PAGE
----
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How Important Is Grit for Success?

The latest buzzword to explain human behavior is "grit" ("Is Grit Overrated?" The Atlantic, May 2016).  It essentially means perseverance in the successful pursuit of a goal.  Those who possess grit are able to process their feelings of frustration, disappointment or boredom and keep going.  I'd like to take a closer look at grit as it applies strictly to education. 

There's no doubt that the concept helps explain why some students achieve in the face of daunting odds ("Don't Grade Schools on Grit," The New York Times, Mar. 26).  But I think it is a gross oversimplification.  The most dogged efforts alone cannot account for the reason a few students remain standing at the end of a grueling succession of setbacks.  Remember that I'm talking exclusively about education.  I'm not referring to other fields of endeavor.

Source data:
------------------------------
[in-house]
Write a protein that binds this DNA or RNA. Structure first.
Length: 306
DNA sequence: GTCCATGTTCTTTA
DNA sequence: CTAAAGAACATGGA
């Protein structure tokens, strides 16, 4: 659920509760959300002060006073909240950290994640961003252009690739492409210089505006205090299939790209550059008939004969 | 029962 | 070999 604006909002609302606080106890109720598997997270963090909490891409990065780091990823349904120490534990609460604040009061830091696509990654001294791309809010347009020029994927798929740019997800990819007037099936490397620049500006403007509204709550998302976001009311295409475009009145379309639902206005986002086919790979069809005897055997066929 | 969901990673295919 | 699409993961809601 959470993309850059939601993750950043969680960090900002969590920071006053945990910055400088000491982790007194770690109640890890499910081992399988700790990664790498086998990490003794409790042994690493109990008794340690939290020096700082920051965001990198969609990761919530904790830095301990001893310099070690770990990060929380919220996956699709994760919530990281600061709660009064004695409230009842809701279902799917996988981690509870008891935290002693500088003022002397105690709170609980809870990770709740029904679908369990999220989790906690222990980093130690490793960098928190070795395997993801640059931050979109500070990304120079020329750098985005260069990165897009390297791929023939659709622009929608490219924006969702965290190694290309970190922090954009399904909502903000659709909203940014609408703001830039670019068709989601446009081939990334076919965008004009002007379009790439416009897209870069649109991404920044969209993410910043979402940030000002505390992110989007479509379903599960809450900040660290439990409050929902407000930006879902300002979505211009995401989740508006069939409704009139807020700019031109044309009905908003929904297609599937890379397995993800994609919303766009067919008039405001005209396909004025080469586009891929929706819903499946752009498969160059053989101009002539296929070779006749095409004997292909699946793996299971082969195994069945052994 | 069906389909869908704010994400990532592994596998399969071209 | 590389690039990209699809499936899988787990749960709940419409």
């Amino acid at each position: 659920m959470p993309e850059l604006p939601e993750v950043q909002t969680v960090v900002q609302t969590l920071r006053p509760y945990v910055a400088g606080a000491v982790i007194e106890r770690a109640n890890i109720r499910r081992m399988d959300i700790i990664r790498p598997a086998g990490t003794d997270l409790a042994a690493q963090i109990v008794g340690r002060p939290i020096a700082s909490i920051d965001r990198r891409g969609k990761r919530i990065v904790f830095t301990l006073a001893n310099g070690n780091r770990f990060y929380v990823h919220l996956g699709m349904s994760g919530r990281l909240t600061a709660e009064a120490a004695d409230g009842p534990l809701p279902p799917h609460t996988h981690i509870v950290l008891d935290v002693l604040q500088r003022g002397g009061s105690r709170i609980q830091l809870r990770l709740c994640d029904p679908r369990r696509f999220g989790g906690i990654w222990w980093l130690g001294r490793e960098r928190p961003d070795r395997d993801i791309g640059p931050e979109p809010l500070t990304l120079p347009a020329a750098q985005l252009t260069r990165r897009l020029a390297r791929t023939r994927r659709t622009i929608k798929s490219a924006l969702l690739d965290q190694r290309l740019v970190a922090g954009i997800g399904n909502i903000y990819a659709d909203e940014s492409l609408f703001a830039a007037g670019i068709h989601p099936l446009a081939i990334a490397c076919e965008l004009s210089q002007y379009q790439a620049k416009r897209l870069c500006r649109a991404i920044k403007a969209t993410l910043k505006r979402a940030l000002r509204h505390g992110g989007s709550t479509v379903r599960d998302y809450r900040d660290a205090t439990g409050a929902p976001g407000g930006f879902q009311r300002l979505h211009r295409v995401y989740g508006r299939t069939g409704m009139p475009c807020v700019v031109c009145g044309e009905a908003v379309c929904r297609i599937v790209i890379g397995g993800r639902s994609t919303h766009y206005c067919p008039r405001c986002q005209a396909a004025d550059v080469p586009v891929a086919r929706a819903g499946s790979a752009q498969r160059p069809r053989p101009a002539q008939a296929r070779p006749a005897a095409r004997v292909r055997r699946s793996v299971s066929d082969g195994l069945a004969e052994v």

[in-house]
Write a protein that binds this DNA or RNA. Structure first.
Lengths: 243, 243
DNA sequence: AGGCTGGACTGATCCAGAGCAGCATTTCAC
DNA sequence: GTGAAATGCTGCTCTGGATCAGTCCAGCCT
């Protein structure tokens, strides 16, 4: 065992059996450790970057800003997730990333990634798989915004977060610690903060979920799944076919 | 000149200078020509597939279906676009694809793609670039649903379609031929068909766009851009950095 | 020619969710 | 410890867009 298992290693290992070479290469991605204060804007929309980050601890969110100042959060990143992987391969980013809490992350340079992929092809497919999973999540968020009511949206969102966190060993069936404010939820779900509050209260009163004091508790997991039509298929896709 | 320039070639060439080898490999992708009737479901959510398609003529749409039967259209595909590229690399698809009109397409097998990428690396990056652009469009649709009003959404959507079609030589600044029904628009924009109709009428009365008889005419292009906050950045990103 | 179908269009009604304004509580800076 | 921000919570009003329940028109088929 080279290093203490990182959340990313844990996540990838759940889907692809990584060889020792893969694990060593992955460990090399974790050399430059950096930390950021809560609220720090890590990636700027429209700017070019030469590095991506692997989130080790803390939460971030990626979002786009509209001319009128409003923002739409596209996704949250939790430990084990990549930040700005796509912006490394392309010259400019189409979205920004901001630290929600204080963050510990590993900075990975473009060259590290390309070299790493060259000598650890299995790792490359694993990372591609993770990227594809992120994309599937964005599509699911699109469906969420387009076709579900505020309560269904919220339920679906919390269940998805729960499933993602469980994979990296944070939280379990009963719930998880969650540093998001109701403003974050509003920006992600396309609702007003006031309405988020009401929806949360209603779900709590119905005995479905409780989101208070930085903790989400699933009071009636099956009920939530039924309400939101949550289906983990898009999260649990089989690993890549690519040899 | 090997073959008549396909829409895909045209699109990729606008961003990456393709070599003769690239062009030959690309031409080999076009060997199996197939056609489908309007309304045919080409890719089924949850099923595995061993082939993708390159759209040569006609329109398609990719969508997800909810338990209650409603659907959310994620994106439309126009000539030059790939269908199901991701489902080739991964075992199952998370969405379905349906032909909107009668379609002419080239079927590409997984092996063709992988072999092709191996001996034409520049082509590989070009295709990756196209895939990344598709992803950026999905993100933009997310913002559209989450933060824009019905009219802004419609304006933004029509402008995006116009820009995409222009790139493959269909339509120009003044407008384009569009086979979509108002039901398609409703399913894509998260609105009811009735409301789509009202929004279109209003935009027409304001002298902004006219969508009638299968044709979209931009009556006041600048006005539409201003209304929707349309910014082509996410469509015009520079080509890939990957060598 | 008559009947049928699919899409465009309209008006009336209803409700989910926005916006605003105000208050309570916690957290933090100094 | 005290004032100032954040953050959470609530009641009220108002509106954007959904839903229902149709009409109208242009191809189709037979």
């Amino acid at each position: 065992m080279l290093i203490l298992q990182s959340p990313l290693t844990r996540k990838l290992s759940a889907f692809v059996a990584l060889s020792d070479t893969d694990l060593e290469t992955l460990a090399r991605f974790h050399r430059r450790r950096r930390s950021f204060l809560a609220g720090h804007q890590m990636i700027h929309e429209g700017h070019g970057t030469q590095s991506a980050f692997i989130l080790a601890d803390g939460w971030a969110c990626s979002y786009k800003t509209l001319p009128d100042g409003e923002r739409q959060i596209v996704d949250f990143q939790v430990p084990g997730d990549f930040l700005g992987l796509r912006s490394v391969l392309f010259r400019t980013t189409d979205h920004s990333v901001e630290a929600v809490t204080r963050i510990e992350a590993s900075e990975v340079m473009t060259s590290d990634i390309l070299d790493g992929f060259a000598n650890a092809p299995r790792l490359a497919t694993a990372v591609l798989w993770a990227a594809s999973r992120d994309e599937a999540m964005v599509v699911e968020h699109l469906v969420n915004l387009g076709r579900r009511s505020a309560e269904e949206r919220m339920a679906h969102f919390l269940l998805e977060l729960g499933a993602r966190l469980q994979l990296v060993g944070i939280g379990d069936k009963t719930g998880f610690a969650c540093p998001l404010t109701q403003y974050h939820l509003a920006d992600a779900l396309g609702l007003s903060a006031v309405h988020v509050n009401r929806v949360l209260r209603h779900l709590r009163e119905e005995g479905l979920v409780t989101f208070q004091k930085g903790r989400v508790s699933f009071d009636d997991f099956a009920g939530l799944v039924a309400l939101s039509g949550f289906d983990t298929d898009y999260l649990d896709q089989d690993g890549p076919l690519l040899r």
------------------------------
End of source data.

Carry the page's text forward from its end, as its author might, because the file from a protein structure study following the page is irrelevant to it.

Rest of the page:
If success means simply achieving a minimal standard (e.g. a grade of C) in a tough course, then I agree that grit deserves huge credit.  But if success means shining in a rigorous course (e.g. a grade of A), then I disagree.  The reality is that intellectual ability plays a far greater role.  No matter how much grit students possess, they are highly unlikely to succeed at that top level.  In Real Education (Crown Forum, 2008), Charles Murray says the belief that everyone can succeed if they only try hard enough is "educational romanticism." I agree with him.

I had countless students who managed to overcome their intellectual limitations and earn a C in my English classes in the 28 years I taught in the same high school.  I also had some who made the cut to earn a B through enormous effort. Do those students qualify as successes?  Absolutely. But if success means achievement at the higest level only, then grit alone is not enough. Let's be realistic: Most students are average.  That's not to detract from what many of them overcome.  But grit got them only so far.

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